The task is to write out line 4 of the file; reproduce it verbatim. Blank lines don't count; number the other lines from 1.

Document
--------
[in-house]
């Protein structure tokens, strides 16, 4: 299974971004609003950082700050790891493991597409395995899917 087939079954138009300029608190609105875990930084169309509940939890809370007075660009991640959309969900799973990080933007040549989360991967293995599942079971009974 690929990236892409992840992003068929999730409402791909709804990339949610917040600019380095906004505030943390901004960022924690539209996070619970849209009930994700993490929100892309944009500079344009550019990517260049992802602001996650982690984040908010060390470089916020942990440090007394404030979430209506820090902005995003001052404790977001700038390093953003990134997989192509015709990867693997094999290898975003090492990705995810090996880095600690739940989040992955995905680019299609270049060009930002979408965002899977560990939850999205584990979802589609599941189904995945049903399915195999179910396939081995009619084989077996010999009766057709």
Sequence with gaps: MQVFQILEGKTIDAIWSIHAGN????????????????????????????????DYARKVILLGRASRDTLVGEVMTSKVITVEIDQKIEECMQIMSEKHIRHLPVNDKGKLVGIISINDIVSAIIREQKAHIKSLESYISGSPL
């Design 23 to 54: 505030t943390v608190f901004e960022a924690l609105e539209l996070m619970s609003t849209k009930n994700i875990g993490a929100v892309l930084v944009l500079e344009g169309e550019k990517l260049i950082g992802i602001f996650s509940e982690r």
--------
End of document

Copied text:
């Design 23 to 54: 505030t943390v608190f901004e960022a924690l609105e539209l996070m619970s609003t849209k009930n994700i875990g993490a929100v892309l930084v944009l500079e344009g169309e550019k990517l260049i950082g992802i602001f996650s509940e982690r």